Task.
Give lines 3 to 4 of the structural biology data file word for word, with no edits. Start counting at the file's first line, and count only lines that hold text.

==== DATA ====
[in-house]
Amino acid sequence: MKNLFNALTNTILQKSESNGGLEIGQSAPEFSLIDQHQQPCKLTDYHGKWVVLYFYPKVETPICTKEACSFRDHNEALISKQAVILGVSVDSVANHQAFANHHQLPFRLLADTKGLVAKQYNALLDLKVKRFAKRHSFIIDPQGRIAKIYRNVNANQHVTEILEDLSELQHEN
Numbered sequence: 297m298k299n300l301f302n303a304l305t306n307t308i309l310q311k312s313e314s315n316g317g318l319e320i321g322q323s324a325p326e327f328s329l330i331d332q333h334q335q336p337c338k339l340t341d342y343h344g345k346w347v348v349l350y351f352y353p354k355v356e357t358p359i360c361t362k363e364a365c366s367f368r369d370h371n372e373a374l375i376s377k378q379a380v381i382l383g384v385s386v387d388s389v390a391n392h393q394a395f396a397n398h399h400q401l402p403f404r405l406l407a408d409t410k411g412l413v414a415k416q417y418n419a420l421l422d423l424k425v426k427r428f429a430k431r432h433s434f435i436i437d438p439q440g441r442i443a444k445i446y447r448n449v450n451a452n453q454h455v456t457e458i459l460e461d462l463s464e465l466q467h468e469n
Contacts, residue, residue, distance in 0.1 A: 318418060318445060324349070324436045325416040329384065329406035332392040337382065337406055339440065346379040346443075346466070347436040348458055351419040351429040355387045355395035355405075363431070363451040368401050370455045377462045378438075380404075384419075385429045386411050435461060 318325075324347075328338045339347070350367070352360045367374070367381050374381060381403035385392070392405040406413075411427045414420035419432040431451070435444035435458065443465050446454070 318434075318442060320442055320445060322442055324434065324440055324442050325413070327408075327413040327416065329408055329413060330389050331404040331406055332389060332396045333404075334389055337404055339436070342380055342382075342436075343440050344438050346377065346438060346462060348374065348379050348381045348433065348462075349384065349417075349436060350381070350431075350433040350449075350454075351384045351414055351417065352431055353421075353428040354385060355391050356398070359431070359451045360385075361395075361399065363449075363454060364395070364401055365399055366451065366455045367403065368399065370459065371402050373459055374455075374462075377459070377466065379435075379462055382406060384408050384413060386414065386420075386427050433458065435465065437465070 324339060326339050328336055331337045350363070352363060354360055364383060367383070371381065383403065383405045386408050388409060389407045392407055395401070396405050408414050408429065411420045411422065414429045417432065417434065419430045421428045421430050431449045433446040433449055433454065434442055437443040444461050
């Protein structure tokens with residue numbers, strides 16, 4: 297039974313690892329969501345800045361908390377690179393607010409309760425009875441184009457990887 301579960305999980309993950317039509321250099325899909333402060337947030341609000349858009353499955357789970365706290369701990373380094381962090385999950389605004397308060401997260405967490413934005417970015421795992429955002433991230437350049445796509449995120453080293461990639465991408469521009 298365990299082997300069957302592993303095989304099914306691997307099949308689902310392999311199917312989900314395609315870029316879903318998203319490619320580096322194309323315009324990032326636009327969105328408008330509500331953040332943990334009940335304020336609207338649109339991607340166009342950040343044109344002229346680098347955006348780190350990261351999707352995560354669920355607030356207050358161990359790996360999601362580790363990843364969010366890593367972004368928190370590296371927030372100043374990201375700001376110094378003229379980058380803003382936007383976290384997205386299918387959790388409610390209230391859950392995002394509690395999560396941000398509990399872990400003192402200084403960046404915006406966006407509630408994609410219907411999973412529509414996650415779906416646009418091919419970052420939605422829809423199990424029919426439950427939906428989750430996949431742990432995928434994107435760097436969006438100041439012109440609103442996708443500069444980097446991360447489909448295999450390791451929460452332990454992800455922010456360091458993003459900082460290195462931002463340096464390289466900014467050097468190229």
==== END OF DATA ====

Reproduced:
Numbered sequence: 297m298k299n300l301f302n303a304l305t306n307t308i309l310q311k312s313e314s315n316g317g318l319e320i321g322q323s324a325p326e327f328s329l330i331d332q333h334q335q336p337c338k339l340t341d342y343h344g345k346w347v348v349l350y351f352y353p354k355v356e357t358p359i360c361t362k363e364a365c366s367f368r369d370h371n372e373a374l375i376s377k378q379a380v381i382l383g384v385s386v387d388s389v390a391n392h393q394a395f396a397n398h399h400q401l402p403f404r405l406l407a408d409t410k411g412l413v414a415k416q417y418n419a420l421l422d423l424k425v426k427r428f429a430k431r432h433s434f435i436i437d438p439q440g441r442i443a444k445i446y447r448n449v450n451a452n453q454h455v456t457e458i459l460e461d462l463s464e465l466q467h468e469n
Contacts, residue, residue, distance in 0.1 A: 318418060318445060324349070324436045325416040329384065329406035332392040337382065337406055339440065346379040346443075346466070347436040348458055351419040351429040355387045355395035355405075363431070363451040368401050370455045377462045378438075380404075384419075385429045386411050435461060 318325075324347075328338045339347070350367070352360045367374070367381050374381060381403035385392070392405040406413075411427045414420035419432040431451070435444035435458065443465050446454070 318434075318442060320442055320445060322442055324434065324440055324442050325413070327408075327413040327416065329408055329413060330389050331404040331406055332389060332396045333404075334389055337404055339436070342380055342382075342436075343440050344438050346377065346438060346462060348374065348379050348381045348433065348462075349384065349417075349436060350381070350431075350433040350449075350454075351384045351414055351417065352431055353421075353428040354385060355391050356398070359431070359451045360385075361395075361399065363449075363454060364395070364401055365399055366451065366455045367403065368399065370459065371402050373459055374455075374462075377459070377466065379435075379462055382406060384408050384413060386414065386420075386427050433458065435465065437465070 324339060326339050328336055331337045350363070352363060354360055364383060367383070371381065383403065383405045386408050388409060389407045392407055395401070396405050408414050408429065411420045411422065414429045417432065417434065419430045421428045421430050431449045433446040433449055433454065434442055437443040444461050